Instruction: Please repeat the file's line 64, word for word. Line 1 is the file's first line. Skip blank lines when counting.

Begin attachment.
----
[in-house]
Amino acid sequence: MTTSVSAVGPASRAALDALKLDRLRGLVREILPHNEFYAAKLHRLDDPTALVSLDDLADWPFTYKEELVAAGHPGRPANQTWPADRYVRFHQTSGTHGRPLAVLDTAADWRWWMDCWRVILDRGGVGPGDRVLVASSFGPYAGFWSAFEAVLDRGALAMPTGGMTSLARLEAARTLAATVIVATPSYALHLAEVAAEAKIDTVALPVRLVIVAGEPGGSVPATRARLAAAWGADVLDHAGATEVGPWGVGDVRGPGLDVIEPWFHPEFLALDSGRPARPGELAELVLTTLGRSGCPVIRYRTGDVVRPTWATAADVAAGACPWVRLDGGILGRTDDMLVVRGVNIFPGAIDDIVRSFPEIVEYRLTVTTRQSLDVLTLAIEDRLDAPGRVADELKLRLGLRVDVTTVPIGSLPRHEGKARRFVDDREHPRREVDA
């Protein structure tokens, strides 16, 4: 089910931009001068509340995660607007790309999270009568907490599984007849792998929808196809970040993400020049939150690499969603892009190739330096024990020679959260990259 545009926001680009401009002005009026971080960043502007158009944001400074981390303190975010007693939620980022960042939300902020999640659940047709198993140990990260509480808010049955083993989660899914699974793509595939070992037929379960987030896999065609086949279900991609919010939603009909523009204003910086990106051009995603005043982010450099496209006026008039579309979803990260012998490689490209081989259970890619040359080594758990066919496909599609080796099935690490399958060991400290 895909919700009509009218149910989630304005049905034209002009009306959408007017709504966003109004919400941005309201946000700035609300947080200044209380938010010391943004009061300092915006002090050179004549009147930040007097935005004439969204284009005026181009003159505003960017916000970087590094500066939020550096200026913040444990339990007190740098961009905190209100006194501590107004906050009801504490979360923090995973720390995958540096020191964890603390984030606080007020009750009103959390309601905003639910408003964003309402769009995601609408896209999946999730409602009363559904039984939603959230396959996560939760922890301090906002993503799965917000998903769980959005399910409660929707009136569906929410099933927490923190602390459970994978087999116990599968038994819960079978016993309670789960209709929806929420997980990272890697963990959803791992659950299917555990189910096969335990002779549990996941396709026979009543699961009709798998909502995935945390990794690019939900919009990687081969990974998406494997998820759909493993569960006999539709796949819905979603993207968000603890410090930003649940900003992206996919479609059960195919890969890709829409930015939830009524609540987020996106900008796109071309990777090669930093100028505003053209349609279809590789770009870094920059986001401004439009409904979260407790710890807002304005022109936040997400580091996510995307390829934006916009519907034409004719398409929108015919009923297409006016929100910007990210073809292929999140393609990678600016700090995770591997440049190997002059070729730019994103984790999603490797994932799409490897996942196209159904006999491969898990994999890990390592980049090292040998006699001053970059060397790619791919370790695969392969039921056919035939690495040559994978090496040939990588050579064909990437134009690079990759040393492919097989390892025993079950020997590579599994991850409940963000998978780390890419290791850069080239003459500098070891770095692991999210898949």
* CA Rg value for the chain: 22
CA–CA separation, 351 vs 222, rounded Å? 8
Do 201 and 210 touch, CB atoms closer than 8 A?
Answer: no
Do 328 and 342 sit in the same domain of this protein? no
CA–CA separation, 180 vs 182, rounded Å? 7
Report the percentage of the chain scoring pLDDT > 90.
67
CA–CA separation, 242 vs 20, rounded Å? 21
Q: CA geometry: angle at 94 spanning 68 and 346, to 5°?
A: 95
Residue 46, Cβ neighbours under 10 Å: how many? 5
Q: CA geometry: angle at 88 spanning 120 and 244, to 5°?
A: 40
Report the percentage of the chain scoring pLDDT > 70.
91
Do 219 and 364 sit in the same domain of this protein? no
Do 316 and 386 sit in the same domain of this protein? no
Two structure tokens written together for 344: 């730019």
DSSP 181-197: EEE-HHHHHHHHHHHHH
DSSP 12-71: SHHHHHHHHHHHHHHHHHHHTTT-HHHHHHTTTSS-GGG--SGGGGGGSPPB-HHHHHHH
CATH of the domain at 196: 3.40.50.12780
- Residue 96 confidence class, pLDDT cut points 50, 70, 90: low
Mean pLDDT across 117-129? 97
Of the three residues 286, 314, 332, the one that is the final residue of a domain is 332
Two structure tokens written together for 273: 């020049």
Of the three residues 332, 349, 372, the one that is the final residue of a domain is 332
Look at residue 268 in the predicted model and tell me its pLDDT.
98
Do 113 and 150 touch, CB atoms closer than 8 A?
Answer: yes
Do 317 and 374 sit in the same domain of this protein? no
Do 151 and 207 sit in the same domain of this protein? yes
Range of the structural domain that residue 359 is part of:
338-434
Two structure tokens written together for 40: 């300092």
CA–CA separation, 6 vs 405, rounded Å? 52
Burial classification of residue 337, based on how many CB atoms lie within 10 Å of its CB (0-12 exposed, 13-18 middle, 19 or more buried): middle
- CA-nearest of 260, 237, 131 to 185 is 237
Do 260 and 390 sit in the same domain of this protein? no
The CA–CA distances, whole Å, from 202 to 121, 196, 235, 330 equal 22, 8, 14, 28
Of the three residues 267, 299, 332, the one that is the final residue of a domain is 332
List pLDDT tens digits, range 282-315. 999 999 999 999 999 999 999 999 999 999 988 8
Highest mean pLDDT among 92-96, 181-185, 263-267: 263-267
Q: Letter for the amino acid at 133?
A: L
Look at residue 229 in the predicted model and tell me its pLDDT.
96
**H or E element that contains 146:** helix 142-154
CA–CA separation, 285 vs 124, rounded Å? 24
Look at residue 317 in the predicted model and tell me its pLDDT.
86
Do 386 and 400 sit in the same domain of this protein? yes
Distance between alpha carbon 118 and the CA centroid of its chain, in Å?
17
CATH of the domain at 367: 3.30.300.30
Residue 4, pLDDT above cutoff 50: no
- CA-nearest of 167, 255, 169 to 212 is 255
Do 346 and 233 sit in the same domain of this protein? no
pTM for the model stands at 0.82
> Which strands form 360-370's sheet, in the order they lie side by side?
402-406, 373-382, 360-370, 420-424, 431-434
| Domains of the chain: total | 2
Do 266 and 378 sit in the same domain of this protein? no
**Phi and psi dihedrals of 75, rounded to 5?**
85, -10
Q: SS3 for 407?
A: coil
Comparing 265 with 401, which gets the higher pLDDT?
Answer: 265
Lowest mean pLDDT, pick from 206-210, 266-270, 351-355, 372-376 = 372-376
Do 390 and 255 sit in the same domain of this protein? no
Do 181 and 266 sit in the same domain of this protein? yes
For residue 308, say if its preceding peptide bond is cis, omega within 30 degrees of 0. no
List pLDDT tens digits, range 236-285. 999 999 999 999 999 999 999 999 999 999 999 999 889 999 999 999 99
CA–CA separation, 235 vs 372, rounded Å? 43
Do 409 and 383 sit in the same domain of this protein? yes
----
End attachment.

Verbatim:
> Which strands form 360-370's sheet, in the order they lie side by side?